RF Combiner Splitter Couplers & Hybrids Includes:
Combiner, splitter, coupler hybrids overview Splitters & Combiners Resistive splitter & combiner Hybrid splitter & combiner Wilkinson splitter & combiner Directional coupler
RF combiners, splitters, couplers and hybrids are circuit elements that are used in many RF applications to split, combine or sample RF power. Typically they are passive devices that can be used within RF circuits, or even externally.
As the RF combiners, splitters, couplers and hybrids are very similar in nature, they are often linked together in explanations or within similar areas within manufacturers catalogues.
RF coupler, splitter, combiner, hybrids - what they are
The terms RF combiners, splitters, couplers and hybrids refer to slightly different items. Each item is used in RF design and all are important to the RF designer.
- RF combiner: An RF combiner is used to combine RF from a number of different sources. This is achieved while maintaining the characteristic impedance of the system. Dependent upon the type of combiner it may introduce additional loss by using resistors, or it may be use transformers in which case it could in theory be lossless.
RF combiners can be used in a number of different applications. They are used for sending several signals along a single feeder, and they may also be used for circuits where several RF signals need to be brought together. . . . . Read more about the Combiner.
- RF splitter: An RF splitter is the reverse of a combiner - in fact splitters and combiners utilise exactly the same circuits - the inputs for one form the outputs for the other. As the signal is split a number of ways, there is an associated reduction in signal level between the input and the output dependent upon the number of outputs for which the signal is shared. . . . . Read more about the Power Splitter / Divider.
- RF directional coupler: Directional couplers have many similarities with splitters. They are often used to sample signals and they may have directional properties. Rather than being based upon transformer technology they use capacitive coupling to achieve their aims. As the name implies a key feature of directional couplers is that they only couple power flowing in one direction. Power entering the output port is coupled to the isolated port but not to the coupled port.
- RF hybrid: A number of circuits are referred to as hybrids. RF hybrids are based on transformers, and as such RF splitters or RF combiners may be referred to as hybrids when they use transformer technology rather than just resistive technology. This gives many advantages, dependent upon the actual circuit, but one of the main ones is that hybrids do not have the resistive losses of the resistive ones.
The circuit symbols for combiners, splitters, couplers and hybrids are not as widely used as some of the more commonly used symbols for semiconductors, and other passive components. As a result the splitter & divider symbols along with those for couplers tend to be less standardised.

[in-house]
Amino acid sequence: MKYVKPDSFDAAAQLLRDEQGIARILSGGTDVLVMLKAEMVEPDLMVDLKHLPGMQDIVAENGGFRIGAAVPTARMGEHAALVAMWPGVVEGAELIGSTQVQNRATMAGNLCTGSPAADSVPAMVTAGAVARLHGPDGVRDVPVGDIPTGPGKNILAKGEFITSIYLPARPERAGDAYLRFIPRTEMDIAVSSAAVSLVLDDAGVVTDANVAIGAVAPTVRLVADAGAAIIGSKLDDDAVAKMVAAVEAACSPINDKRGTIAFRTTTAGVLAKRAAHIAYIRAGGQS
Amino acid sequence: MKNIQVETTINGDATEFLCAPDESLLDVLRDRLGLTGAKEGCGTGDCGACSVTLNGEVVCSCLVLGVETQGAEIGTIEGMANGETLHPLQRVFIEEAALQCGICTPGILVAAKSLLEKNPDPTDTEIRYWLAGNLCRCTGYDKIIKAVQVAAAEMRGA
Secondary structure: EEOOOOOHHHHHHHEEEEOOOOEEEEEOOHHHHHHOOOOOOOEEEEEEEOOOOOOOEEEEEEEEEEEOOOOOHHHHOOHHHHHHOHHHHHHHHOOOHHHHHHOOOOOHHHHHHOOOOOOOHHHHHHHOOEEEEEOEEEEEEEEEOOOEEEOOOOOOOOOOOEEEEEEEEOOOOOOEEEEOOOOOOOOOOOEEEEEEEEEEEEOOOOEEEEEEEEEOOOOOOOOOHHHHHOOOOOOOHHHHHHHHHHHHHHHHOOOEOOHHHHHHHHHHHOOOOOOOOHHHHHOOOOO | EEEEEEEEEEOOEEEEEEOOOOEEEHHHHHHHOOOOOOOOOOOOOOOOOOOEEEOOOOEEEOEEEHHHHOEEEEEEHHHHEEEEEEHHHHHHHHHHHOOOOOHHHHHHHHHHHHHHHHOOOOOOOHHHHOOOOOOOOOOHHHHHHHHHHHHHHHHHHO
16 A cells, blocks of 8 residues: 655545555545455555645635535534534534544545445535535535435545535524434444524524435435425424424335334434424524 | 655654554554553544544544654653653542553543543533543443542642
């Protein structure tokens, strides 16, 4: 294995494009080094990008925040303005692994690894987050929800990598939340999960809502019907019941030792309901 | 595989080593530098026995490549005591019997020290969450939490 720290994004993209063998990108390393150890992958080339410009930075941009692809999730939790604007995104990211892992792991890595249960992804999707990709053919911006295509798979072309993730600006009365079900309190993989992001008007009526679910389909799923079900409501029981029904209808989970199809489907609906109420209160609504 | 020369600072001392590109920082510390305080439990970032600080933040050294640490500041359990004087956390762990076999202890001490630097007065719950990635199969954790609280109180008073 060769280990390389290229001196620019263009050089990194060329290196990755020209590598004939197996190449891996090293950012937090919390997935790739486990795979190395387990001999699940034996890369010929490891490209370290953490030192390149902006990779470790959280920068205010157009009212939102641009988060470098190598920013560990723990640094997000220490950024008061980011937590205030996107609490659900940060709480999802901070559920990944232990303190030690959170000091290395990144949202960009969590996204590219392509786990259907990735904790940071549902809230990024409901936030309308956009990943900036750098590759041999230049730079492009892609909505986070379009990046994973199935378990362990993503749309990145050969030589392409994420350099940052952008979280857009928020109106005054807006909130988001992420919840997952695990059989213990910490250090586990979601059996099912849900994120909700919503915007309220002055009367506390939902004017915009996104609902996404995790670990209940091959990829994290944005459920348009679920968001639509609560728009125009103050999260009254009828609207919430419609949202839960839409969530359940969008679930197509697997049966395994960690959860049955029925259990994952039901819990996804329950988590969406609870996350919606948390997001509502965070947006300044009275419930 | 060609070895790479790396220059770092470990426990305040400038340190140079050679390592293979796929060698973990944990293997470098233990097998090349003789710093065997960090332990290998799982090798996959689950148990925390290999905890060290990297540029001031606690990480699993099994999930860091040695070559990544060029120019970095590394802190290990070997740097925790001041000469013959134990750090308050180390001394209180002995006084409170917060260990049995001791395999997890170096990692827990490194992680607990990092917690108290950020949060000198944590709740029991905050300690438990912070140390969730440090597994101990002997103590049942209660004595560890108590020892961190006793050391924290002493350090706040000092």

The splitter / divider and combiner symbols used below are some of the more commonly used versions seen.
One of the more widely used circuit symbols is that of the power divider / splitter.
The splitter / divider symbol is very self explanatory. Power enters the divider at port P1 and is split two ways. It is obviously possible to have power split more than two ways and the symbol would represent this.
As a reminder that there is a reduction in power level as a result of the split, sometimes the loss is stated. A two way power splitter has a 3dB reduction in power between P1 and P2 or P3 even if there are no resistive or other losses resulting in power dissipation.
The combiner symbol is just the reverse of the splitter symbol.
Directional coupler symbols are rather different to the splitter and combiner symbols.
The directional coupler circuit symbols indicate more about the coupling, and the actual coupler symbol used depends upon the form of coupler and the way it needs to be shown.
In this directional coupler, power entering port 1 is coupled to the transmitted port and a small amount, in this case -15dB as shown is coupled to Port 3. Often the level of coupling is shown on the coupler symbol.
Directional couplers are frequently symmetrical so there also exists port 4, which is named the isolated port. A portion of the power applied to port 2 will be coupled to port 4. However, the device is not normally used in this mode and port 4 is usually terminated with a matched load (typically 50 ohms). This termination can be internal to the device and port 4 is not accessible to the user. Effectively, this results in a 3-port device, hence the utility of the second symbol for directional couplers.
The four port directional coupler circuit symbol is shown below.
Although they are not used as widely as some other RF components, splitters, combiners, couplers and hybrids are still particularly useful. They may often be made from discrete components, sometimes embedded in an RF design, although connectorised units may also be bought, especially where their frequency range extends into the microwave region.
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